Saturday, October 20, 2012

Writing Disillusionment

I've been reading The Hunger Games. As I'm reading I'm asking myself "What makes me think I can be a writer?" I mean, the writing is grabbing and engrossing. It's not Shakespeare or James Joyce, but it's not trying to be. It's just being what it is. And it's riveting. That's the competition we writers are up against. Not that it's a competition between writers for readers, but a competition between just writing, writing well, and writing superbly. It's a competition within yourself to reach for a higher goal. No doubt, Suzanne Collins had a team of editors, proofreaders, etc., to help her book reach the peak of perfection, which most of us don't have--yet. But, still, the book is hers; the idea, the execution, the final product is hers. I feel so much like a poor, inferior writer compared to her. Is that a dangerous thing for me as a writer? Help me to understand.

Friday, October 19, 2012

Mormon Writers

Something I've noticed. A lot of writers I follow are Mormons. Many of them live in Utah (naturally). What is it about Mormonism that creates so many writers? And most of you seem to be YA/Scifi writers. What's with that? Please respond. I'm curious.

Thursday, October 4, 2012

Humpty Dumpty

I clearly have the memory, around age 4, of lying in bed in the dark. I believe my parents and sister also slept in their own beds in the same room, as it was a very small house. As I looked toward the window, there was Humpty Dumty sitting on the window seal, filling up the window.

Wednesday, October 3, 2012

Did I exist?

Tanya Reimer brought up a good point in her comment on my post. If you don't remember it, does that mean it didn't happen? So, I'm in a dilemma here. You see, I don't remember anything from age 3 or 4. Does this mean nothing happened? Does it mean I didn't exist at that time? I think something did happen at age 3 and 4, because my parents tell me so. (Does that give me legitimacy?) They tell me they bought me a dog. They called him Jip, because they paid so much for him. And I ran over him with my tricycle (he lived, no serious injury). I do not remember this. It did not happen.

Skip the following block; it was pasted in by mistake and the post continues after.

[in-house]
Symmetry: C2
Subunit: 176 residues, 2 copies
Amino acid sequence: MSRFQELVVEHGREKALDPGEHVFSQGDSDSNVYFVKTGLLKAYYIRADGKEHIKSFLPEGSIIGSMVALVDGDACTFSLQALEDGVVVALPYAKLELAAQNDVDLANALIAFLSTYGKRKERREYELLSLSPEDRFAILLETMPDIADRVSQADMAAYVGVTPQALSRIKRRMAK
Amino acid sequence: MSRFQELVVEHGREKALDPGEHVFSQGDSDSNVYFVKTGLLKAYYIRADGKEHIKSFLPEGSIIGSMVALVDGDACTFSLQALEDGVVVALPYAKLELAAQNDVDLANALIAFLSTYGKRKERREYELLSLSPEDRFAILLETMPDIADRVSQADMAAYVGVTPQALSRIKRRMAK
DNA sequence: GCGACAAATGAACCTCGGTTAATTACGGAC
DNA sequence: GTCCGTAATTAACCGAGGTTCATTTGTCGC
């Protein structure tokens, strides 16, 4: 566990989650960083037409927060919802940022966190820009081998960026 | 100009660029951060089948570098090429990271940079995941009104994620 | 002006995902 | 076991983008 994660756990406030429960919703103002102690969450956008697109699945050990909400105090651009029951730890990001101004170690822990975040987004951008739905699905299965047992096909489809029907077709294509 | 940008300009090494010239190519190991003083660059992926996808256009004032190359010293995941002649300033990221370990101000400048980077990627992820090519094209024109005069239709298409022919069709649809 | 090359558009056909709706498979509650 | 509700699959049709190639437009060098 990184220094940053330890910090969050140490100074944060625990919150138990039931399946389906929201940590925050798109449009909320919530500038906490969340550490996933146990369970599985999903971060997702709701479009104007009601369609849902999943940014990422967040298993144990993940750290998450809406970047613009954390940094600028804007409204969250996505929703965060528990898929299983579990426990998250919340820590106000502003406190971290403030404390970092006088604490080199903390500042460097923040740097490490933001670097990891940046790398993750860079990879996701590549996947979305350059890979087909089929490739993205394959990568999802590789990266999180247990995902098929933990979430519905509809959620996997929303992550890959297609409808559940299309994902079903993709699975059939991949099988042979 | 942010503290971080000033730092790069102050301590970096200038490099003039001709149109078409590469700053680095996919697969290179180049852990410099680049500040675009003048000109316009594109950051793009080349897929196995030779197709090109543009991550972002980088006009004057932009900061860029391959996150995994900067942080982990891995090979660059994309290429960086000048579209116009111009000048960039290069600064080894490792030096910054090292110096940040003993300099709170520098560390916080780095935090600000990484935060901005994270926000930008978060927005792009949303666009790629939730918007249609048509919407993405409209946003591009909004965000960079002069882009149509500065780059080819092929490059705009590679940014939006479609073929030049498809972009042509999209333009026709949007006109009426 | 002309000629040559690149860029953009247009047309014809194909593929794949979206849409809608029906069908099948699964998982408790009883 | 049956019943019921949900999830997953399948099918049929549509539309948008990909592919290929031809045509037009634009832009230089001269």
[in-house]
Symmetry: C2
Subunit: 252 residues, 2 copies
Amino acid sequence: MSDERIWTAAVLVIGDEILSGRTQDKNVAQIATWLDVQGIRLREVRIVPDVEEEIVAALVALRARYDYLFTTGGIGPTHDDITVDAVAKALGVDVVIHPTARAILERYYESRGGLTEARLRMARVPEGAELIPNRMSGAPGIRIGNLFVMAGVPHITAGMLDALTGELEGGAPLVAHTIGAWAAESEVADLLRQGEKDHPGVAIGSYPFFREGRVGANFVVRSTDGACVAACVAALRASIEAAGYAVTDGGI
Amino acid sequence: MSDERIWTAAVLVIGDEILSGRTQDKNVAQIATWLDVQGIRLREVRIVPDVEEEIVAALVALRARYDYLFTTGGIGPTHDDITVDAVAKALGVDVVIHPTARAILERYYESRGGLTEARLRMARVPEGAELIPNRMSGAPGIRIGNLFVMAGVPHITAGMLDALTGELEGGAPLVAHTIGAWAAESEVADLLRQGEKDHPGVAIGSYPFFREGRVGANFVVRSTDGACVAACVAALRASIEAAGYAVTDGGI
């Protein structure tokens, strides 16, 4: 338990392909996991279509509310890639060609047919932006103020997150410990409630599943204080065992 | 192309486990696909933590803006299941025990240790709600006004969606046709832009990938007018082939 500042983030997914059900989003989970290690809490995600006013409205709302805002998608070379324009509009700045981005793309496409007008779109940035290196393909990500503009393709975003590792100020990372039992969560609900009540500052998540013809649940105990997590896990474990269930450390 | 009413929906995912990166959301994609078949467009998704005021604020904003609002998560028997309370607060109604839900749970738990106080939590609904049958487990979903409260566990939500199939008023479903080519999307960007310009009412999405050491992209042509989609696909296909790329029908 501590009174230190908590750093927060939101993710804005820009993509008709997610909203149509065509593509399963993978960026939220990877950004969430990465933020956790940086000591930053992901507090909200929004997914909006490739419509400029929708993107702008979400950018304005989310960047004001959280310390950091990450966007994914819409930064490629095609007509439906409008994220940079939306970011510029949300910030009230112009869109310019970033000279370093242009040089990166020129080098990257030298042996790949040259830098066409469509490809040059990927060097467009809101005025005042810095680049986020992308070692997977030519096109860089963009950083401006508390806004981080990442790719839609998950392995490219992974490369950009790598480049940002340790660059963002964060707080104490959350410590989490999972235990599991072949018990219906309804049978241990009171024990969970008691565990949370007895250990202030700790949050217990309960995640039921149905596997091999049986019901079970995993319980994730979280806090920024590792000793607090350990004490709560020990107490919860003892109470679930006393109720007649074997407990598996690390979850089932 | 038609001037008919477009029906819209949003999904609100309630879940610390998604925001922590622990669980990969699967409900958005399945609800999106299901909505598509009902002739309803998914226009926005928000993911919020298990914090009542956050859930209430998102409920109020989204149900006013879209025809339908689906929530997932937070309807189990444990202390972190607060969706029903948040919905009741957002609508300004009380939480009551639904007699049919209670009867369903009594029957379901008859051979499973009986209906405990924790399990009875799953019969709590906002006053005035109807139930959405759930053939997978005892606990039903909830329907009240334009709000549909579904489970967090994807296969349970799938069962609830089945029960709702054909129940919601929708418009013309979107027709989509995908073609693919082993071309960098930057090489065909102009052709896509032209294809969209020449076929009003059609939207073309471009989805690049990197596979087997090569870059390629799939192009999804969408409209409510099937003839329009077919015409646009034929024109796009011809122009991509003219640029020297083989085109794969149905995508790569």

Tuesday, October 2, 2012

Memories. Mind Over Matter?

When I was three or four years old, I was playing in the sand outside the three-decker house I lived in. It was a nice sunny day, not a foggy day, or rainy day, or dark day, but a clear warm day in Jacksonville, Florida, and I was playing in the sand with another boy, a black boy. I remember this distinctly. There is not a shadow of a doubt in my mind. My parents say it never happened. In 1949 or 1950 it would have been highly unusual. But I remember it. Did it happen? Or is my mind playing tricks on me? Am I confusing one thing with another? Am I merging memories that have nothing to do with each other? Is this an example of mind over matter? The logical person would say, 'Richard, it never happened'. A more imaginative person might say it did happen. I consider myself both logical (with some fallacious thinking along the way) and imaginative (I write fiction, after all). I say it did happen. How do I know? I remember it.

Monday, October 1, 2012

Giving Birth is Hard; Being Born is Easy

I'm participating in a blog hop from Jane Ann Mclachlan called October Memoir and Backstory Blog Contest (or, at least, I'll participate in some of it; we'll have to see if I make it all the way). So, here is my first post (concerning age 1-2).

I clearly remember the day I was born. It was a cold day in November. Everyone was nervous: my mother, the doctor, the nurses. (Where was my father?) They were all worried but me. I knew everything would turn out all right. I was so happy to be born. I knew I would have a magnificent life, full of exciting adventures; by the way, being born is the first great adventure, is it not? (And, yes, those adventures did come true, but that's another story.) All they could think about was will I be a boy or a girl. Ha, ha. I kept them waiting and guessing until the last second. All I could think about was why is this happening. Why all this fuss and bother? What's so special about being born? Everyone's born, right? We all move from darkness to light, right? (Of course, we all move from light to darkness, eventually, but that's another story.) There is so much to say about being born--the noise, the wetness, the pressure, the cry--yes, the cry, the first sound we make--that makes everyone happy and relieved. At first, crying is a wonderful thing. Your mother, your father, everyone, comes to you when you cry. (There's a time when that changes, but that's another story.) So my first day of life was a great adventure that made everyone happy. Isn't that the point of being born?